The Printable KISS Grammar Workbooks The Theodore Dreiser Page
Directions
From The Lost Phoebe
by Theodore Dreiser
Subordinate Clauses as Interjections

1. The creaky wooden loom on which it had been done now stood like a dusty

bony skeleton, along with a broken rocking-chair, a worm-eaten clothes-press

— Heavens knows how old — a lime-stained bench that had once been used to

keep flowers on outside the door, and other decrepit factors of household utility,

in an east room that was a lean-to against this so-called main portion.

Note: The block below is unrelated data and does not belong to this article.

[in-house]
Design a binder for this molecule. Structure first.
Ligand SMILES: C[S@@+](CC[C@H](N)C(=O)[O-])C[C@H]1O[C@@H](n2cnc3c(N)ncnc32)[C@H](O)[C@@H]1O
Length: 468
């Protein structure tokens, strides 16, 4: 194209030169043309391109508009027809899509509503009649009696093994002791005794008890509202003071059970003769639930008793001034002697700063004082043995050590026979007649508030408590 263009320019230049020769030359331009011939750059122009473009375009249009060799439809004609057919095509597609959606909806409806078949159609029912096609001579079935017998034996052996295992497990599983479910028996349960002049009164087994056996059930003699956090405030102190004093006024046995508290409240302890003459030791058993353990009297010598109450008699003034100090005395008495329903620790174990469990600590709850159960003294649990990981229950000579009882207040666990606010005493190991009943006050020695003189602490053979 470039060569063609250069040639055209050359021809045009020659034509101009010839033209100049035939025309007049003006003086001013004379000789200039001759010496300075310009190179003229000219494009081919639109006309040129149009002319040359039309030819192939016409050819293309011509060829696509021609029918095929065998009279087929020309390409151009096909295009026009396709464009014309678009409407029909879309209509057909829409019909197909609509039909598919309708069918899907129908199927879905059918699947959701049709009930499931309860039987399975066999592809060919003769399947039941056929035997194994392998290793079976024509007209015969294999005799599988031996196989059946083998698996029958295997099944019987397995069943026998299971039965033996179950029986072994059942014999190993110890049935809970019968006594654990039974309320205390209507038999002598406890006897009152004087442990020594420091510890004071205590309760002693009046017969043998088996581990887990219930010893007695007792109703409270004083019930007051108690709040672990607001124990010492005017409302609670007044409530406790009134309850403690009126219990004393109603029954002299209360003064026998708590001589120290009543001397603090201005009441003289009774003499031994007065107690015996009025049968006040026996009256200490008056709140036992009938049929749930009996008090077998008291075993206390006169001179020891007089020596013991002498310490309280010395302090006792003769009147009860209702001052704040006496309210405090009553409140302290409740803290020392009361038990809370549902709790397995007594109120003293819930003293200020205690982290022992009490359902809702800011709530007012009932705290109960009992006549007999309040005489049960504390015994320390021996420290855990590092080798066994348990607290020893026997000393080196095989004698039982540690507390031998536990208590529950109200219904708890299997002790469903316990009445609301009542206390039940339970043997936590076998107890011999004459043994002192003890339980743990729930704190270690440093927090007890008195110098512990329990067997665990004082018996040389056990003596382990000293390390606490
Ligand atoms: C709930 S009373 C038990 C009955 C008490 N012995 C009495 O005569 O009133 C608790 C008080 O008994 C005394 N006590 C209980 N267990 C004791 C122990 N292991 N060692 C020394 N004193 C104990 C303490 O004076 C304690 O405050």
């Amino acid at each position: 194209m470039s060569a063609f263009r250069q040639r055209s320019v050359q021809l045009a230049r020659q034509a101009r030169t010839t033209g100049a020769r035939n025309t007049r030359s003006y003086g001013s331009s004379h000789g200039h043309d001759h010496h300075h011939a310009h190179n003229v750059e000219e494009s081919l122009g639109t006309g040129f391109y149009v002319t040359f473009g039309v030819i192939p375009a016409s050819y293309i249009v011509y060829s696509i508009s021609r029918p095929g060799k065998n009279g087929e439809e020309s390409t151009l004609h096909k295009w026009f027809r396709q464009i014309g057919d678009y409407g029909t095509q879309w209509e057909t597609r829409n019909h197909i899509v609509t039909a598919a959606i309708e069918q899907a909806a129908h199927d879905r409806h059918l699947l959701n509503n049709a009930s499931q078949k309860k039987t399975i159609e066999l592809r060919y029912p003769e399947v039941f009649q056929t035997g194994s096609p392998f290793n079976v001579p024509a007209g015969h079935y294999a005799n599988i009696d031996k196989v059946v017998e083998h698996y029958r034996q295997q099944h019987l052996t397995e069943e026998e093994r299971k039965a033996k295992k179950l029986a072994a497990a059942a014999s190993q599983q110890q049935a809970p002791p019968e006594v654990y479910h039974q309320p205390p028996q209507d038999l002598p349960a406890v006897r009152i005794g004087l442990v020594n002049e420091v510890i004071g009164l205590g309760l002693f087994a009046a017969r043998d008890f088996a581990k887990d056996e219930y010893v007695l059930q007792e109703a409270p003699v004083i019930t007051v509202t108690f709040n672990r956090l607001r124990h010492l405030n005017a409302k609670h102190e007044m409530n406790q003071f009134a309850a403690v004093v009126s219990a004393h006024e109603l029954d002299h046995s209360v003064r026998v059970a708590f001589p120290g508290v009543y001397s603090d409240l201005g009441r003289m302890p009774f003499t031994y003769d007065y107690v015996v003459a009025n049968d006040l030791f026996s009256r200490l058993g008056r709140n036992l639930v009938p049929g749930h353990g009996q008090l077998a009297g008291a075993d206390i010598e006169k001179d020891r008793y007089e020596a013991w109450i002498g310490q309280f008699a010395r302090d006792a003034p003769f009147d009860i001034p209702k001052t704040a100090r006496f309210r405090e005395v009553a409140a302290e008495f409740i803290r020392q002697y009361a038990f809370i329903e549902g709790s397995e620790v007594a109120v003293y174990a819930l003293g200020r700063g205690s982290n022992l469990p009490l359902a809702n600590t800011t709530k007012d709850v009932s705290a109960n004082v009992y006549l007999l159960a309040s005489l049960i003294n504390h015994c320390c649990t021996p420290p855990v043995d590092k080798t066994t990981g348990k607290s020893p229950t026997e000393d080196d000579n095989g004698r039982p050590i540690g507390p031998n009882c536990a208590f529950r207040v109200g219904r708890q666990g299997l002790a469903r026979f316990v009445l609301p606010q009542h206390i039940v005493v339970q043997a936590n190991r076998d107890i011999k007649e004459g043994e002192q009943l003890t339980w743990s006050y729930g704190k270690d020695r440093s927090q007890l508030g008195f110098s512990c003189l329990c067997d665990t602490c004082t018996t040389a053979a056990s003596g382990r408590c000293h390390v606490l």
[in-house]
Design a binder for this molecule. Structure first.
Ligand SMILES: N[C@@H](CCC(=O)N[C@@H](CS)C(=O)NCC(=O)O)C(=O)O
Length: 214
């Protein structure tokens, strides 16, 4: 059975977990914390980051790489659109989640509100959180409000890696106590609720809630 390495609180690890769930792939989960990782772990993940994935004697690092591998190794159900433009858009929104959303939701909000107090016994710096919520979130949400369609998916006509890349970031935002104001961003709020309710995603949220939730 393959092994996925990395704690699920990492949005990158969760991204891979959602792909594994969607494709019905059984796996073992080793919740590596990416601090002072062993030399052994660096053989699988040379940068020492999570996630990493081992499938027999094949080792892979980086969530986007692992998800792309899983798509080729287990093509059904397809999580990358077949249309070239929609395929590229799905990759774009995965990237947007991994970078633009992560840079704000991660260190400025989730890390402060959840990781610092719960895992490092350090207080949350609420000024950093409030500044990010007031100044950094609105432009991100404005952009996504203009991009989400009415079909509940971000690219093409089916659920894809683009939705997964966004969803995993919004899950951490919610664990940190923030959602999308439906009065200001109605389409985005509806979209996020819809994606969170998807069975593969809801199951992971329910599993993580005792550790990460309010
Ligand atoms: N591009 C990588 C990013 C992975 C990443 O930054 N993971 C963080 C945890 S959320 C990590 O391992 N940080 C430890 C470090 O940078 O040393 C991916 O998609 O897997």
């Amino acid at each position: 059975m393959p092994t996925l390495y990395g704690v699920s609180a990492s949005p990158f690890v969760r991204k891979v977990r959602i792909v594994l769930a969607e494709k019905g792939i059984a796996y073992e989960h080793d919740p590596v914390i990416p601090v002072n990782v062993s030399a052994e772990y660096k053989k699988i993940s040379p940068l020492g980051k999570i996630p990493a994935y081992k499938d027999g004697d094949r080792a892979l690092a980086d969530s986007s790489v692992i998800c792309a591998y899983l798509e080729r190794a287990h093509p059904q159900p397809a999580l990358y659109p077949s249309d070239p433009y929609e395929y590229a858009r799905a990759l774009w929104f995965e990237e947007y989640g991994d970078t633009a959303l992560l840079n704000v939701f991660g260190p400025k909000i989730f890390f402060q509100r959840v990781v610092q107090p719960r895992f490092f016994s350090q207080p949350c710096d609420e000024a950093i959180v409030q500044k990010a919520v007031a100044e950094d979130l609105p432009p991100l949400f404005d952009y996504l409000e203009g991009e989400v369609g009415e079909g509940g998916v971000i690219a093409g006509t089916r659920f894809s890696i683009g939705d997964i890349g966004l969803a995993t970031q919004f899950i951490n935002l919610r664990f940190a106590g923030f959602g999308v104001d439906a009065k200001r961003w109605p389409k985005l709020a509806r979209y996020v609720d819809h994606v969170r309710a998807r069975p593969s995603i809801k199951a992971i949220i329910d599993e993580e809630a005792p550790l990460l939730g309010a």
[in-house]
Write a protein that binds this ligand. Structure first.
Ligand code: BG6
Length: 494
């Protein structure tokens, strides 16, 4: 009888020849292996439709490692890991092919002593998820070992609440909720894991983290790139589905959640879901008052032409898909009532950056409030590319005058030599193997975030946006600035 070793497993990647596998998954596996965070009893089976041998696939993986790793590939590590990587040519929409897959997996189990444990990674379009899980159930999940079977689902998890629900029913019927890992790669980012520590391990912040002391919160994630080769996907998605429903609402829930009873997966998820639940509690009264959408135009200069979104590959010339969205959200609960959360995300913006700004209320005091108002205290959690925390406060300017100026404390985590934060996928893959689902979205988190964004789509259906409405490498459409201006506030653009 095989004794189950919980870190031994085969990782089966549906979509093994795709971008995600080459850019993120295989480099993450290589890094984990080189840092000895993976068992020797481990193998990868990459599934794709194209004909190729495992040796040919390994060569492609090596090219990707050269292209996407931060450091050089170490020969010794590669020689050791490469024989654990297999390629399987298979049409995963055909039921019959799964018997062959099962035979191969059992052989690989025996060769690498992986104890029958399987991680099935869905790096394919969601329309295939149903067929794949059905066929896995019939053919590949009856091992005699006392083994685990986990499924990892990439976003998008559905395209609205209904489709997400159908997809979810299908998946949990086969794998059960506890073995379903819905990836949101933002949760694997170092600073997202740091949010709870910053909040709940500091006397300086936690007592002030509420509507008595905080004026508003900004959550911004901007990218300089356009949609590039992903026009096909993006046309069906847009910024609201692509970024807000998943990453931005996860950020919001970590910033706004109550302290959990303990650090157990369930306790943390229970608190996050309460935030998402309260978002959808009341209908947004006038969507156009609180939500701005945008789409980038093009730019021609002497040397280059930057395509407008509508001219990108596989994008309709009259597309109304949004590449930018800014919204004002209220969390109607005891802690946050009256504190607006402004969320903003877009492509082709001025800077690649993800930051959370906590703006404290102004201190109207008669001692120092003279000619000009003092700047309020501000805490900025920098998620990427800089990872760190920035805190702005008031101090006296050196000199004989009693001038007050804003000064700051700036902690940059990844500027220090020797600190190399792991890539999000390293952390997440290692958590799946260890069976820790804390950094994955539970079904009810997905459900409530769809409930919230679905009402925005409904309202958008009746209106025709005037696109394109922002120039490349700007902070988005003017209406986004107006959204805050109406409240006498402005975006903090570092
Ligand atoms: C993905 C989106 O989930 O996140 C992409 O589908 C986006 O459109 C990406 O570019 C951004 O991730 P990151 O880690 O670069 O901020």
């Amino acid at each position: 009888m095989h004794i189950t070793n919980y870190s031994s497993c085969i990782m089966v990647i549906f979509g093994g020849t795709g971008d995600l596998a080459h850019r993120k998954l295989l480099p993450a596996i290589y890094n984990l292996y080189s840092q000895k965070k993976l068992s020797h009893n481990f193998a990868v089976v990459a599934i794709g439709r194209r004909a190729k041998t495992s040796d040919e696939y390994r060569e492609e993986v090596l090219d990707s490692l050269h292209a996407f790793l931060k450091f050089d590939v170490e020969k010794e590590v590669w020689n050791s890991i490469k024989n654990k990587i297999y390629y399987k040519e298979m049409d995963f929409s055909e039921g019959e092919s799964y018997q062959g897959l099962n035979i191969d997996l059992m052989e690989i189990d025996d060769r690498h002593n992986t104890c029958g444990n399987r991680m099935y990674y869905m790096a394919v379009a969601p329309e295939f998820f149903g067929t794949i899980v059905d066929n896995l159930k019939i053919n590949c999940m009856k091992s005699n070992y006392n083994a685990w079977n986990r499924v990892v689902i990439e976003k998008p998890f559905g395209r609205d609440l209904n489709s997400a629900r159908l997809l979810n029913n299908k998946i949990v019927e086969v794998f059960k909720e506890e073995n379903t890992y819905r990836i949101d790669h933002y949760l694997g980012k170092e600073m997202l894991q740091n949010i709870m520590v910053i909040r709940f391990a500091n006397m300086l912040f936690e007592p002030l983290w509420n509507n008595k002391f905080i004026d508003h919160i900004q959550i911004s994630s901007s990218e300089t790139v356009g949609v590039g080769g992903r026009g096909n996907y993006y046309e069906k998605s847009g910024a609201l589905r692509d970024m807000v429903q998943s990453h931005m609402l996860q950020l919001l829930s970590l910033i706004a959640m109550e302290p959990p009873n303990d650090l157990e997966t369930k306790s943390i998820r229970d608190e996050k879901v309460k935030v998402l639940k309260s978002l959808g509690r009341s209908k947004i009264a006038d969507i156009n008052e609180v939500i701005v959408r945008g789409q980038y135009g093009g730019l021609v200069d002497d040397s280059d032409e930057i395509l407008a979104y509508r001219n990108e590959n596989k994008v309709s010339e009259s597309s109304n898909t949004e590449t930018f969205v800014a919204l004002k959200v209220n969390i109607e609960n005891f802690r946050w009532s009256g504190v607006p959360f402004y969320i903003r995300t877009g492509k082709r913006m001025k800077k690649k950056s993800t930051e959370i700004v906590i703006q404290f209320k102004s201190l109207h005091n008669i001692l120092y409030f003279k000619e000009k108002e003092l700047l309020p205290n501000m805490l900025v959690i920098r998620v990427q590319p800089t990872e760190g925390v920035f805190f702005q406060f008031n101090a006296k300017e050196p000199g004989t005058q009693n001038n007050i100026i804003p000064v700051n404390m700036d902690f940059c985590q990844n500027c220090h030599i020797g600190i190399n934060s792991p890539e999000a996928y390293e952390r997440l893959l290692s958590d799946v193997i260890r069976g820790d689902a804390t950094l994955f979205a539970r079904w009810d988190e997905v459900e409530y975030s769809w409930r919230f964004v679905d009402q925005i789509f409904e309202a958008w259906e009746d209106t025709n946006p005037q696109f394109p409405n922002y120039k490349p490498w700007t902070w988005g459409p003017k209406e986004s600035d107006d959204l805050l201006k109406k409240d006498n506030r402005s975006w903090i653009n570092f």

2. He aroused out of his sleep, actually to see her, he thought, moving from 

his bedroom into the one living room, her figure a shadowy mass of black.
 

3. “Why, Mr. Reifsneider,” exclaimed old Matilda herself, a stout woman, 

looking out of the door in answer to his knock, “what brings yuh here this 

mornin'?” 
 

4. This day, as has been said, saw Reifsneider at other doors, eagerly asking 

his unnatural question, and leaving a trail of amazement, sympathy, and pity 

in his wake.
 

5. “Yuh ain't seen Phoebe, have yuh?” inquired the old man, looking up 

quizzically.